# How work done by a force on a body is negative?

The work done is the product of force acting on a body and the displacement of the body in the direction of the force. The gravitational potential $$\text{energy}=Mgh$$ is the negative of the work done by gravitational force. But actually, it is the person who applies force against gravity and does work, right? I am confused with the concept of work done, and it's relation with energy.

• Commented Apr 9, 2021 at 7:25

If you move an object from a height $$h=h_1$$ to a height $$h=h_2$$ then the difference in gravitational potential energy is

$$\Delta \text {PE} = \text{PE}_{end} - \text{PE}_{start} = mgh_2 - mgh_1 = mg \Delta h$$

Note that $$\Delta h$$ is in the *opposite * direction to the force of graivity on the object. $$\Delta \text{PE}$$ is positive when $$\Delta h$$ is positive i.e. when $$h_2>h_1$$. So $$\Delta \text{PE}$$ represents the work done by the object (or by whatever is moving the object) against the force of gravity $$mg$$. If the change in PE is negative (i.e. $$h_2 < h_1$$) then its absolute value $$|\Delta \text{PE}|$$ is the work done by gravity on the object.

For a constant force, the work done on an object is the product of the force, distance moved, and the cosine of the angle between them. See the figure below.

If the angle is zero, the cosine is 1 and the work done is positive. If the force is in the opposite direction of the displacement, the angle is 180$$^o$$ and the cosine -1, making the work done on the object negative. If the work done on an object is positive, then the agent performing the work transfers energy to the object. If the work done is negative, then the agent performing the negative work takes energy away from the object.

If you, an external agent, lift an object of mass $$m$$ a height $$h$$ you do positive work of $$mgh$$ if the object begins and ends at rest. It is positive because the force you apply is in the same direction as the distance $$h$$ moved. It is $$mgh$$ because there is no change in kinetic energy of the object.

At the same time, however, gravity performs an equal amount of negative work of $$-mgh$$, because the force of gravity is opposite to the distance moved. Gravity takes away the energy you transferred to the object. The net work done on the object is zero. According to the work energy theorem, the net work done on an object equals its change in kinetic energy. Since the object began and ended at rest, the change in kinetic energy of the object is zero.

So where does that energy you gave the object go?

Gravity has stored it as gravitational potential energy of the earth/object system. It is important to realize than an object alone does not possess gravitational potential energy, though it is commonly stated that way. Every form of potential energy, including gravity, is a system property. That's because potential energy is the energy of the position. In this case it is the position of the object relative to the surface of the earth. That makes gravitational potential energy a property of the combination of the object and the earth.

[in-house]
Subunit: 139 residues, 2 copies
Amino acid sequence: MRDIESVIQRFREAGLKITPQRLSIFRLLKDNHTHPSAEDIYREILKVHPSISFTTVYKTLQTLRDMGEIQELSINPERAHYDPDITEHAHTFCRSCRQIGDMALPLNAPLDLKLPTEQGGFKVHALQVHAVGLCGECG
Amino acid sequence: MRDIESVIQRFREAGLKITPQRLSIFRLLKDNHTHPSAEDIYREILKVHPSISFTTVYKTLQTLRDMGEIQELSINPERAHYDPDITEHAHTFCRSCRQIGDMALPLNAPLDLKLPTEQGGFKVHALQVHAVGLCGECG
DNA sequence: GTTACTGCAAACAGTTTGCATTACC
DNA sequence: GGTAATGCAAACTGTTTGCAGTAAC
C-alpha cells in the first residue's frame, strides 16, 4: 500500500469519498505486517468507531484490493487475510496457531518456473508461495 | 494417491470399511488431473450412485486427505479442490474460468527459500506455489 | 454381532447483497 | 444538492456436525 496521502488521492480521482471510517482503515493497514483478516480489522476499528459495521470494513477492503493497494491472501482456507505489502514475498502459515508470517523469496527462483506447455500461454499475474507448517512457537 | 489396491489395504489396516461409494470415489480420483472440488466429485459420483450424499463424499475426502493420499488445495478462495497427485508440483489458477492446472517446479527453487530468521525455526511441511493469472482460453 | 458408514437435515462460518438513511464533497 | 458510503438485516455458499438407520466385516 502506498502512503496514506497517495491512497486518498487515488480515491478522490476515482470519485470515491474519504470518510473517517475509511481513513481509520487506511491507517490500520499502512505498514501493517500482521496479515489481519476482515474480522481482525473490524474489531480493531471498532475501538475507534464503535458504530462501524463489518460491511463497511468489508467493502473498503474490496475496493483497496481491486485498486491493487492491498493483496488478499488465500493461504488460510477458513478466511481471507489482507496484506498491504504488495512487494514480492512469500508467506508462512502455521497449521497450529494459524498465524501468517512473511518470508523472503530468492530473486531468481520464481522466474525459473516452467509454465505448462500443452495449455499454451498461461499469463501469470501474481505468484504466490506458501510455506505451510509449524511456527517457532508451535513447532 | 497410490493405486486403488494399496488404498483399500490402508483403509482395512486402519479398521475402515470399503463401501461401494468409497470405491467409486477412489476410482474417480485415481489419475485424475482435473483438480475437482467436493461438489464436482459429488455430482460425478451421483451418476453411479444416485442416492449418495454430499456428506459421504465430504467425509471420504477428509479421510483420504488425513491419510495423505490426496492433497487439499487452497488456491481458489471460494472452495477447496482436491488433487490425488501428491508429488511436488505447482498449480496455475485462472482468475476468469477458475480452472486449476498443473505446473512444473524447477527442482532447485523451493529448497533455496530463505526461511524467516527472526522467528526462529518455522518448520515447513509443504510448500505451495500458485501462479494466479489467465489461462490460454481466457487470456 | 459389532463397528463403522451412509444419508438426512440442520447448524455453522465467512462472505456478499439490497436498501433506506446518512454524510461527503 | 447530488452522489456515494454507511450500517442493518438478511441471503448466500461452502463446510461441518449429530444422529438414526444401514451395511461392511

Hope this helps.

The total work done by all the forces is equal to the change in the kinetic energy (KE). The work done by a particular force contributes part of the total work, but total work considers all the forces.

The total work is $$\int_{a}^{b}\vec F_{net}\cdot d \vec r$$ where $$\vec F_{net}$$ is the total force. We can consider the contribution to work done by a single force $$\vec F$$ as $$\int_{a}^{b}\vec F\cdot d \vec r$$. Since gravity is a conservative force, we can express the portion of total work done by gravity as $$\int_{a}^{b}\vec F_{grav}\cdot d \vec r = - mg(h_{final} - h_{initial})$$, the negative of the change in potential energy (PE). Regardless of the complexity of the path taken, the work done by gravity is easily evaluated as the negative of the change in PE. If other forces besides gravity act, they must also be considered in evaluating the total work.

Consider two simple cases.

Consider a ball of mass $$m$$ thrown upwards with an initial velocity $$v$$. After the ball is thrown, the only force acting on the ball is gravity (neglecting air resistance). At maximum height $$h$$ the force of gravity has does work on the mass equal to $$-Fh = -mgh$$; negative since the force is down and the displacement $$h$$ is up. The change in KE, final minus initial, is $$0 - {1 \over 2} m v^2$$. Equating the total work done to the change in KE, $$-mgh =-{1 \over 2} m v^2$$.

Now consider a ball lifted very slowly upwards to a final height $$h$$ by a person applying a constant force $$F_a$$ upwards, just very slightly greater in magnitude than the force of gravity. The net force upwards is $$F_a -mg$$, the total work done by all the forces is $$(F_a -mg)h$$, and the change in kinetic energy is zero. So $$(F_a -mg)h = 0$$. The work done by $$F_a$$ is positive, $$F_ah$$, and the work done by gravity is negative, $$-mgh$$, but the total work is zero.

Both the person and gravity apply a force to the lifted box. So both do work on it.

• Gravity does negative work on it while it is being lifted, because its force is downwards (against the motion)
• The lifting person does positive work on it while it is being lifted, because his force is up along with the motion.

These two works are equal in magnitude but opposite in sign.